Scientists have found out a new treatment for heart attacks – the stem cell therapy. The scientists have observed that the stem cell therapy can partially repair damage of the organ.
The treatment uses heart cells made in the lab from the skin of a genetically matching donor. Tests on monkeys showed that the injections of freshly-made heart cells quickly subsumed into the damaged areas of the heart and helped the organ to pump vigorously. Stem cell trial suggests damaged heart tissue can be regenerated.
However, as a drawback to the research is the fact that the monkeys on whom the procedure was carried out developed unusual heart rhythms, leading the researchers to concede that far more work is needed before the treatment can be considered safe enough for human trials.
One idea scientists have had to treat heart attack survivors is to take skin cells from the patient and convert them into pumping heart cells, hoping that, when injected into the heart, these cells take hold and help the heart pump more effectively. The advantage is that the heart cells will not be rejected by the immune system. But, the procedure is time consuming and expensive to do for individual patients.
Yuji Shiba and others at Shinshu University injected the monkeys with 400m lab-made heart cells and found that they replaced about 16% of the damaged tissue. The new cells were wired up with healthy ones in the heart and over 12 weeks started to help the organ to pump more strongly. Tests revealed, however, that all of the monkeys developed unusual heart rhythms after the therapy. Details appear in the journal Nature.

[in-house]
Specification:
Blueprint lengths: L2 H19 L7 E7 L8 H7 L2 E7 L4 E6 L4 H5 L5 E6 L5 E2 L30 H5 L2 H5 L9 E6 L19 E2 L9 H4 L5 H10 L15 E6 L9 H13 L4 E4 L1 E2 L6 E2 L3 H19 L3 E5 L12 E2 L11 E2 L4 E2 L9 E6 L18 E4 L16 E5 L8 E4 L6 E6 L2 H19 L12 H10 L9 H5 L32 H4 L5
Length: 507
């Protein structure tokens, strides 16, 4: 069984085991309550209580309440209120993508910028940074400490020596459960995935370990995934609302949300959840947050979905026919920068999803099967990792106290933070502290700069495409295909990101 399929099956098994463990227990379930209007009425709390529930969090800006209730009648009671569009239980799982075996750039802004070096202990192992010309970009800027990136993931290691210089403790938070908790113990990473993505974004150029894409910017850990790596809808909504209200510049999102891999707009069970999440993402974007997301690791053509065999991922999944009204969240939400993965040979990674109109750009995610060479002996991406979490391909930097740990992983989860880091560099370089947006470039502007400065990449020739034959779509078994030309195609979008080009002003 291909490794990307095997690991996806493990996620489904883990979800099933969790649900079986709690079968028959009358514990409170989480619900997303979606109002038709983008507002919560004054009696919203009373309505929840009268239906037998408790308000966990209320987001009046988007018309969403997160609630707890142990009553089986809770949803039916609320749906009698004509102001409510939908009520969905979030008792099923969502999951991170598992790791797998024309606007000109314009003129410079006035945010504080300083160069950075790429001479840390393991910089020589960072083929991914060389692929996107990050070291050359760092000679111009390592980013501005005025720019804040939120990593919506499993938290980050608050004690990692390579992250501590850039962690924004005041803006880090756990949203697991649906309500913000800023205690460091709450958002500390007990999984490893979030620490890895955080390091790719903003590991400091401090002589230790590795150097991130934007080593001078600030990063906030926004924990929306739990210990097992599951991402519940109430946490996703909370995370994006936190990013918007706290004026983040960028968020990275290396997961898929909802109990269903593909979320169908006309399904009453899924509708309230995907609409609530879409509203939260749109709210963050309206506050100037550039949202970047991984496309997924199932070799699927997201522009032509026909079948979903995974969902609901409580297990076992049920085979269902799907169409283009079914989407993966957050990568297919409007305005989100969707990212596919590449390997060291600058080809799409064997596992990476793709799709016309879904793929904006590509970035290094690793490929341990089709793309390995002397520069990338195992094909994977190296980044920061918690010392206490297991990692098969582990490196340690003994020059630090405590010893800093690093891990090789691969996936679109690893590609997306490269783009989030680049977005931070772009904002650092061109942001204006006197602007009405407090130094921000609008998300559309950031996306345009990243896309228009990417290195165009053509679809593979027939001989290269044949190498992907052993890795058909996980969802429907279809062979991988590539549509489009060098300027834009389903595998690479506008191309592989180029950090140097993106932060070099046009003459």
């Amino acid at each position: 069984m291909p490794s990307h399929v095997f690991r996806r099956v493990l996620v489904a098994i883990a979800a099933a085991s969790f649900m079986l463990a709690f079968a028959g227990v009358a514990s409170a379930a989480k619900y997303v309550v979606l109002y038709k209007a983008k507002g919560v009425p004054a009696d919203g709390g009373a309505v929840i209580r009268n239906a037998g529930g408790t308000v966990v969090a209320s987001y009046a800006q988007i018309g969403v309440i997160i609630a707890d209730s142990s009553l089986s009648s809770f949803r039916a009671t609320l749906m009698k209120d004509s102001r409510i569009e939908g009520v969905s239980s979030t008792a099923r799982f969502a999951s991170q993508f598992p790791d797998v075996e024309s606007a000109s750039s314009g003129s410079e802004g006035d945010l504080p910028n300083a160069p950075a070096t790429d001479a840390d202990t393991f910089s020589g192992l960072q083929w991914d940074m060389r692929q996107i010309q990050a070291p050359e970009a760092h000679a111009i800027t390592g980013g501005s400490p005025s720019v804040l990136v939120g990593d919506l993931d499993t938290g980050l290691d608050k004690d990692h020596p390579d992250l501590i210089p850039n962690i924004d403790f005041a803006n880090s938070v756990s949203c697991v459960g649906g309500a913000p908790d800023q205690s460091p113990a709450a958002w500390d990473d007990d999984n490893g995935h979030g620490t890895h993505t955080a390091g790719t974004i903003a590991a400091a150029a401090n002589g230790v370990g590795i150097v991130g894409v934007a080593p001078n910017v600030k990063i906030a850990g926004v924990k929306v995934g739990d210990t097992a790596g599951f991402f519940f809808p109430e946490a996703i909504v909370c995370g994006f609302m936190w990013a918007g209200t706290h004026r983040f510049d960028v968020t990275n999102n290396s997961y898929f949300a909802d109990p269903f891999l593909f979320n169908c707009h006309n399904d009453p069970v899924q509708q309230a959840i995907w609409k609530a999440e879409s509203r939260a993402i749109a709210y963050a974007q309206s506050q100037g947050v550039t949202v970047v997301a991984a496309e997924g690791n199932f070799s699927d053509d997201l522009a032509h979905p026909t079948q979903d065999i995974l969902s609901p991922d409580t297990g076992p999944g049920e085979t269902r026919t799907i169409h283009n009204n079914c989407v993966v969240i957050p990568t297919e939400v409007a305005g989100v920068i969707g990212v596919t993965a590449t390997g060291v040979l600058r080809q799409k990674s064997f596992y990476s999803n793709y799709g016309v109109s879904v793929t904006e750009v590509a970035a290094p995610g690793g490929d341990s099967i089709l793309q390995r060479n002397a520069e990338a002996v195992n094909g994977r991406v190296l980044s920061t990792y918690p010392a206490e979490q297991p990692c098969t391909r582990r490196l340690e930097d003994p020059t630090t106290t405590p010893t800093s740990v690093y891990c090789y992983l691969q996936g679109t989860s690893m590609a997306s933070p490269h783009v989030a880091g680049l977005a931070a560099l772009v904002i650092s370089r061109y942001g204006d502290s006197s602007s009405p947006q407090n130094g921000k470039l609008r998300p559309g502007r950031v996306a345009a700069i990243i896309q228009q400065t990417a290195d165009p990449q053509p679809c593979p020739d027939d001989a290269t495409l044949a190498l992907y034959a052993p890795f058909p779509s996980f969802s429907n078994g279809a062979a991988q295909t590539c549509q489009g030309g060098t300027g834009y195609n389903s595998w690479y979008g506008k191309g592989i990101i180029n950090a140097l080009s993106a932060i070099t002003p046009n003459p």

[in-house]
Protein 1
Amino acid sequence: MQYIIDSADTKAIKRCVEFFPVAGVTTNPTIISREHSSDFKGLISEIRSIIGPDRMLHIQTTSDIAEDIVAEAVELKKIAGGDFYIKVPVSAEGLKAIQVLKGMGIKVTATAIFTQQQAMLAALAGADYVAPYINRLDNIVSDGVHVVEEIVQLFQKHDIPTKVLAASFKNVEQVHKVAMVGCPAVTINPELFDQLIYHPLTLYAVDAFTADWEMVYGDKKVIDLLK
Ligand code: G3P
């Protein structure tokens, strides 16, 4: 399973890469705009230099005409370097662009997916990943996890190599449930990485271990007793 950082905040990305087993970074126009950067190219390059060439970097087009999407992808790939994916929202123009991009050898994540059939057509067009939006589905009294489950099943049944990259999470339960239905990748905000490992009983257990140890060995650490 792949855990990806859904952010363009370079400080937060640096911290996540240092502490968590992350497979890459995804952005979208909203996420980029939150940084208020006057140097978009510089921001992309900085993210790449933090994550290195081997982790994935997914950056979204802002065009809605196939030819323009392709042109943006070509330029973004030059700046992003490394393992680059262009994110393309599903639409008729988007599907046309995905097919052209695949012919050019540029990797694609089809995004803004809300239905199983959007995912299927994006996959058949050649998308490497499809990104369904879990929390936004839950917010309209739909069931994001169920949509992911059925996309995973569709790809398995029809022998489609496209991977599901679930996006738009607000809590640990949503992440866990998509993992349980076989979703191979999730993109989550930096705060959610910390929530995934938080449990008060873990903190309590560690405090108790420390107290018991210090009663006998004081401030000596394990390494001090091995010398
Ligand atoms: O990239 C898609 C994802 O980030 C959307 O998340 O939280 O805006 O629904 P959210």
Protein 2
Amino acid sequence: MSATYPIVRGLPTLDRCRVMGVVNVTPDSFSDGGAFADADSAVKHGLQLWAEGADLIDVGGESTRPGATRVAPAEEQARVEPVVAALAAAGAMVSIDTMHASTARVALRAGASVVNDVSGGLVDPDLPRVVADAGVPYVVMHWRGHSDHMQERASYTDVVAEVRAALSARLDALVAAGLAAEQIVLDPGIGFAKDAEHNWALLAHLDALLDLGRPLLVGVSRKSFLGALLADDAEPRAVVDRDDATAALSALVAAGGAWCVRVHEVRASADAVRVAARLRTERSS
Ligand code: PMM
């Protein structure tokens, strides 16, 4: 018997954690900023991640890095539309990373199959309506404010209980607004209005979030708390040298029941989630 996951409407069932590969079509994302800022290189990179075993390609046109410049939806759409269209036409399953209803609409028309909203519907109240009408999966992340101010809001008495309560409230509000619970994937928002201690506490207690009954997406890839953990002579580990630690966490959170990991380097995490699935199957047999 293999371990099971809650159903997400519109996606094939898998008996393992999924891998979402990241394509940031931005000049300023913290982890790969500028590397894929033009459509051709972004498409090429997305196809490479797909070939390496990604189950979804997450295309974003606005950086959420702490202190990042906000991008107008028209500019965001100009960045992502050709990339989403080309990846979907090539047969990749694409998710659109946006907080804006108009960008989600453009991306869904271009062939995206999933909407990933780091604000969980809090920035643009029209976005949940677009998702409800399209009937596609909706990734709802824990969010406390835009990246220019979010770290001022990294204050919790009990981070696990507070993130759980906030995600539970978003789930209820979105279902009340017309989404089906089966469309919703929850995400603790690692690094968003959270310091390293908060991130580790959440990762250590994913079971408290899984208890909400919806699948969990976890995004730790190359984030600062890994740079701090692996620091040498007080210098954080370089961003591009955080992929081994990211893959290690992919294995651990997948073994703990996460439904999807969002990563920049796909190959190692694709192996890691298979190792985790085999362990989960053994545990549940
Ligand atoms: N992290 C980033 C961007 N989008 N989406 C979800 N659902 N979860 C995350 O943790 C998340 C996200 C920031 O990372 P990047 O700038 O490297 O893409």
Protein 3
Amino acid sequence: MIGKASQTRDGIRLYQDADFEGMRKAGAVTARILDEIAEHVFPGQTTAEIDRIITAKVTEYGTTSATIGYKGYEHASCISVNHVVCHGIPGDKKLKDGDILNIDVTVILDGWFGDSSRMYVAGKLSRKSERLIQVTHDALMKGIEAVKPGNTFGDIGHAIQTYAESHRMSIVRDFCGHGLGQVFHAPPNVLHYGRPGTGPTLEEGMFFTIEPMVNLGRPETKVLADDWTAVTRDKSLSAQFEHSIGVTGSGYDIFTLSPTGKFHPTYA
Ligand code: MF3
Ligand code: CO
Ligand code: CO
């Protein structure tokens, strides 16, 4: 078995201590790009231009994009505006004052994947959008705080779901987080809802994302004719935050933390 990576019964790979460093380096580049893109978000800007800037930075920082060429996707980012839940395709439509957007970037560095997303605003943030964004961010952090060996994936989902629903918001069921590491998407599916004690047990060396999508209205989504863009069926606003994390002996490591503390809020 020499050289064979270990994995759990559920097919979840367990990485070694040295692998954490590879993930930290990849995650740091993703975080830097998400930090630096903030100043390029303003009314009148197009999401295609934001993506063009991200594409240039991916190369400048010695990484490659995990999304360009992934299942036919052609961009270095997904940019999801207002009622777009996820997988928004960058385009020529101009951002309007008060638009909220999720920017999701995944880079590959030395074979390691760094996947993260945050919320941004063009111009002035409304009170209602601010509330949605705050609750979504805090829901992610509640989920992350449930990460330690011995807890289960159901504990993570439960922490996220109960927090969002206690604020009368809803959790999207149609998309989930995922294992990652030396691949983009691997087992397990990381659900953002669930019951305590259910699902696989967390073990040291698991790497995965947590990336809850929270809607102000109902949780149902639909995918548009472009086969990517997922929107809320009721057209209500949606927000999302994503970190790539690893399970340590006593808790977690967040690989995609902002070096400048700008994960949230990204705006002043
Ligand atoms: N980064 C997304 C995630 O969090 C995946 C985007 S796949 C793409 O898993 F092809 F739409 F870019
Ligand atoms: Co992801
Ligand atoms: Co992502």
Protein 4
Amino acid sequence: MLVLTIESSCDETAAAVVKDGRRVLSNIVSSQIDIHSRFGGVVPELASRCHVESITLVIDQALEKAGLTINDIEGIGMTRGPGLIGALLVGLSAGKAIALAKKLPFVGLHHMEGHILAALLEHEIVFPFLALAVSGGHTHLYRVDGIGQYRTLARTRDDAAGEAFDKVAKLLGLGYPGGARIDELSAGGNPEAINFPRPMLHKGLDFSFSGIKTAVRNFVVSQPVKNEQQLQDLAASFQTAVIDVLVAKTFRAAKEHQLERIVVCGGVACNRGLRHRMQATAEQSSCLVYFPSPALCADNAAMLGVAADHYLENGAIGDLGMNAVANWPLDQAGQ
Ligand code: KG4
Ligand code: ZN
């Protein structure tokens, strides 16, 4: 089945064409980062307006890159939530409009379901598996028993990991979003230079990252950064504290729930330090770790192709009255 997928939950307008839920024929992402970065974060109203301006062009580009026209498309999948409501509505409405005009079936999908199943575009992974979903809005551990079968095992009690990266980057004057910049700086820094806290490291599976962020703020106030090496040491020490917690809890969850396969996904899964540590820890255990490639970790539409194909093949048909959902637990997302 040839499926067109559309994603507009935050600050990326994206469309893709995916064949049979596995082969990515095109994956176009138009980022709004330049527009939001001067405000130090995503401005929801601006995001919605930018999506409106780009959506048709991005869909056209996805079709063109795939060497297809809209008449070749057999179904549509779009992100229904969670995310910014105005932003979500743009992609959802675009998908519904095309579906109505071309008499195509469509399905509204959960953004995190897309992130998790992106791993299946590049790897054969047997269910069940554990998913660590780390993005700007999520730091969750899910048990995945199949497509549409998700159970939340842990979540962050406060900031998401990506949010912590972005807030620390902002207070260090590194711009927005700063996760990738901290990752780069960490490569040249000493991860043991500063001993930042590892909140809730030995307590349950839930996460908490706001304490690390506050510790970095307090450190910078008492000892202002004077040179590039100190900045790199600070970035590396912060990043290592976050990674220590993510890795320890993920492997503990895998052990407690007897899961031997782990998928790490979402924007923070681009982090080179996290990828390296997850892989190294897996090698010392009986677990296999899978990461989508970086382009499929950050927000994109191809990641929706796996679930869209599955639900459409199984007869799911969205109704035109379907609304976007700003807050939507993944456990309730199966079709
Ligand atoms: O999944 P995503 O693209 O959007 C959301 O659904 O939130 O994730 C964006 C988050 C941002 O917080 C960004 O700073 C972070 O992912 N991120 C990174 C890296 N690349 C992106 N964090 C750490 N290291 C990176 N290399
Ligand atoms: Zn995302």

The scientists are now trying to understand the precise cause of the abnormal heart rhythms, but Shiba told the Guardian: “I think we can manage the post-transplant arrhythmia.”
Sam Boateng, who studies the mechanisms of heart failure at Reading University, said the work was exciting because it was a step towards the possibility of repairing a damaged heart following a heart attack.
“Currently, the only long term option for these patients is heart transplantation, but there are not enough donors to meet the current demand,” he said.
But he added that many challenges remain. “Ideally, immune rejection would be eliminated if the cells could be derived from the same patient, but this is costly and time consuming at a time when the patient requires immediate treatment. Another concern is that the incomplete integration of the transplanted cells could result in irregular heartbeat which can be deadly,” he said.
Source: The Guardian